Outgoing Japanese PM Shinzo Abe has made many of the same mistakes during the battle against COVID-19 as President Trump: After botching the handling of the "Diamond Princess" by allowing quarantines to be violated and the infection to spread, the Japanese government never followed up with stringent restrictions. Japan's constitution forbids the type of lockdowns seen in Europe, China and the US. The state of emergency adopted by the government wasn't nearly as robust a measure as what other countries tried.
And yet, Japan has a relatively low rate of infection. None of this really makes sense, considering that Japan's aged population consumes more adult diapers per year than infant diapers. Still, in an effort to quell fears, the Japanese government is reportedly planning to offer a COVID-19 vaccine free of charge to any citizen who wants one, according to a report from Nikkei.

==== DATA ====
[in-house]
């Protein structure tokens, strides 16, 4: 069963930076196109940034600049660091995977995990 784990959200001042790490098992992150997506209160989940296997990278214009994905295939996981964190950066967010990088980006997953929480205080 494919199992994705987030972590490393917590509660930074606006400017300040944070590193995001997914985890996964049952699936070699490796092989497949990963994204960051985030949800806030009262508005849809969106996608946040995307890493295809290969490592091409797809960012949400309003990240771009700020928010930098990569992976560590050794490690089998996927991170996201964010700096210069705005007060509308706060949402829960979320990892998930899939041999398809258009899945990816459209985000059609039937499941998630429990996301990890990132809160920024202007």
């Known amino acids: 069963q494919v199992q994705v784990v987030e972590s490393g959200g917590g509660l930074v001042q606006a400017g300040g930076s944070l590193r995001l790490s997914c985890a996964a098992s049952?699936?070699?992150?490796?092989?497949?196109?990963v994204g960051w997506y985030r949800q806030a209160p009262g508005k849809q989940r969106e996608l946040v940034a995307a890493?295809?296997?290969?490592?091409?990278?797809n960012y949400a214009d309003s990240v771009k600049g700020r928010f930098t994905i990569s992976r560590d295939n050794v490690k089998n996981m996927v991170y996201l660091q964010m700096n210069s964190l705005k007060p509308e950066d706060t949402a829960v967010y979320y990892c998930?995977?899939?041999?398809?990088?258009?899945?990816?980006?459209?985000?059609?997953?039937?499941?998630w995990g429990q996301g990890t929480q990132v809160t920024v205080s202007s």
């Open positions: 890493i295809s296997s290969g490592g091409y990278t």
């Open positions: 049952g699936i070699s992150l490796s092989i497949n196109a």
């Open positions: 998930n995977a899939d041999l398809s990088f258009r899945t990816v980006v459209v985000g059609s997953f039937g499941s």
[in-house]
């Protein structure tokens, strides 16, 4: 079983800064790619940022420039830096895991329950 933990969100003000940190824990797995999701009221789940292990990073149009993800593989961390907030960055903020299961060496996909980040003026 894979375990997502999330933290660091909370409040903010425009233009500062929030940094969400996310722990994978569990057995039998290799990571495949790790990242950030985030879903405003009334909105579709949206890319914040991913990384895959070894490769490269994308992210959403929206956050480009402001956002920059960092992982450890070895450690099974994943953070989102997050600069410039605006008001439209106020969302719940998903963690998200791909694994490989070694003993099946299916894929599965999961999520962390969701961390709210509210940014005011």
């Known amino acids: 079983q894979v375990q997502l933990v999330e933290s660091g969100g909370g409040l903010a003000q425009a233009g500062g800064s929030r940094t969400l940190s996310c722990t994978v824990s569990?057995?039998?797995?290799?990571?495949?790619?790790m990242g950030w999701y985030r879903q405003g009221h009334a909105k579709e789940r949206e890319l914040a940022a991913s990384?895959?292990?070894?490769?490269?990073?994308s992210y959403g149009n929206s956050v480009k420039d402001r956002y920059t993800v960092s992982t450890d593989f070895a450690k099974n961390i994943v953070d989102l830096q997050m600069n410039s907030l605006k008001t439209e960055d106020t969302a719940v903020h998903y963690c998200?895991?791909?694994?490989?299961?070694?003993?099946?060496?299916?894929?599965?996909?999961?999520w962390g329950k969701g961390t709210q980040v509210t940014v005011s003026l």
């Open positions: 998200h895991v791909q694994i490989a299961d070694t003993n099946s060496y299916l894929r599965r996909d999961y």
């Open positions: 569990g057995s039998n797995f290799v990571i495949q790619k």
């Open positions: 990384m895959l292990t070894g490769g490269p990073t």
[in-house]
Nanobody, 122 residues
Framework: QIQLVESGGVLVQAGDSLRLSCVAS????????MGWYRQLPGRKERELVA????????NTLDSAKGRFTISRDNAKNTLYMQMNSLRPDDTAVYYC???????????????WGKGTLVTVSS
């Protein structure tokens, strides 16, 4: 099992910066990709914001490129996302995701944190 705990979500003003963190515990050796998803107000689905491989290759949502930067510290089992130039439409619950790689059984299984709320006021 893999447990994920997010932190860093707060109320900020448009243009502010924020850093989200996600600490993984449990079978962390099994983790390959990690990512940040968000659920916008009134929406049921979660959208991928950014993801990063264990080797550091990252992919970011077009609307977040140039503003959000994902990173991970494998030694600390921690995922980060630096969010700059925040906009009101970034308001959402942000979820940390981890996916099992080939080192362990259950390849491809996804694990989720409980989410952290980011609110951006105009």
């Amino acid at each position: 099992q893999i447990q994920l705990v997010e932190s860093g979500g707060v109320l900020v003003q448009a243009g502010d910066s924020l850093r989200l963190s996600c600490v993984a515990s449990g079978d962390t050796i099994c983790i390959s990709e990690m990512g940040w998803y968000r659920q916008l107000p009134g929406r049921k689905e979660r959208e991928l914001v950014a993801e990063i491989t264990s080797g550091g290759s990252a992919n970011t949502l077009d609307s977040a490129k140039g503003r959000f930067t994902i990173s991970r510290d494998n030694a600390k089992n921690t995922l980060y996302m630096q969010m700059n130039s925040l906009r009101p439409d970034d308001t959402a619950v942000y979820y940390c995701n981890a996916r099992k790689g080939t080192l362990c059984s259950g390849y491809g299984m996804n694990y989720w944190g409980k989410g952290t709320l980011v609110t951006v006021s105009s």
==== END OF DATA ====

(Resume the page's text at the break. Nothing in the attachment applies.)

People at high risk of developing severe symptoms, particularly the elderly and health care workers, will receive first priority. The full cost will be covered in the national budget, meaning the central government will pay, saving local authorities from shouldering any expense. Exactly how the program will work will be decided by a panel of 'experts' convened by the Japanese government.
Currently, the Japanese government is negotiating with multiple pharmaceutical companies, including Pfizer, AstraZeneca, and others, as it seeks to build a massive stockpile of vaccines. The country's goal is to eradicate the virus in Japan long before the 2021 Olympics in Tokyo.